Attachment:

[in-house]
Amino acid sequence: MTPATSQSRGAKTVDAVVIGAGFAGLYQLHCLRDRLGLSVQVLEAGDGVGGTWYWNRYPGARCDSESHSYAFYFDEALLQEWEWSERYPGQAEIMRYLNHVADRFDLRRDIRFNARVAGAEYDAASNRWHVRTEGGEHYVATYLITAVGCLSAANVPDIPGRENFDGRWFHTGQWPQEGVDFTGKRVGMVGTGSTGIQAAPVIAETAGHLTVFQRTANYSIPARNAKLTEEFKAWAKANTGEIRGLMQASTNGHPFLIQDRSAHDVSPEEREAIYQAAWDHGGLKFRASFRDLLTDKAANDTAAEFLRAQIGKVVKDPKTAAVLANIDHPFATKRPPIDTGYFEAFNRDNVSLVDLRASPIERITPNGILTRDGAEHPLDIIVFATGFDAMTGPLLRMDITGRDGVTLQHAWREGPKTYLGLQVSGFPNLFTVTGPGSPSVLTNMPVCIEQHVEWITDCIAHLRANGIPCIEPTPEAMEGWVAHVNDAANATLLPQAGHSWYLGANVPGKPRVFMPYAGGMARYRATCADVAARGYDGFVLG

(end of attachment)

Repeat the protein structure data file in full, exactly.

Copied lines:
[in-house]
Amino acid sequence: MTPATSQSRGAKTVDAVVIGAGFAGLYQLHCLRDRLGLSVQVLEAGDGVGGTWYWNRYPGARCDSESHSYAFYFDEALLQEWEWSERYPGQAEIMRYLNHVADRFDLRRDIRFNARVAGAEYDAASNRWHVRTEGGEHYVATYLITAVGCLSAANVPDIPGRENFDGRWFHTGQWPQEGVDFTGKRVGMVGTGSTGIQAAPVIAETAGHLTVFQRTANYSIPARNAKLTEEFKAWAKANTGEIRGLMQASTNGHPFLIQDRSAHDVSPEEREAIYQAAWDHGGLKFRASFRDLLTDKAANDTAAEFLRAQIGKVVKDPKTAAVLANIDHPFATKRPPIDTGYFEAFNRDNVSLVDLRASPIERITPNGILTRDGAEHPLDIIVFATGFDAMTGPLLRMDITGRDGVTLQHAWREGPKTYLGLQVSGFPNLFTVTGPGSPSVLTNMPVCIEQHVEWITDCIAHLRANGIPCIEPTPEAMEGWVAHVNDAANATLLPQAGHSWYLGANVPGKPRVFMPYAGGMARYRATCADVAARGYDGFVLG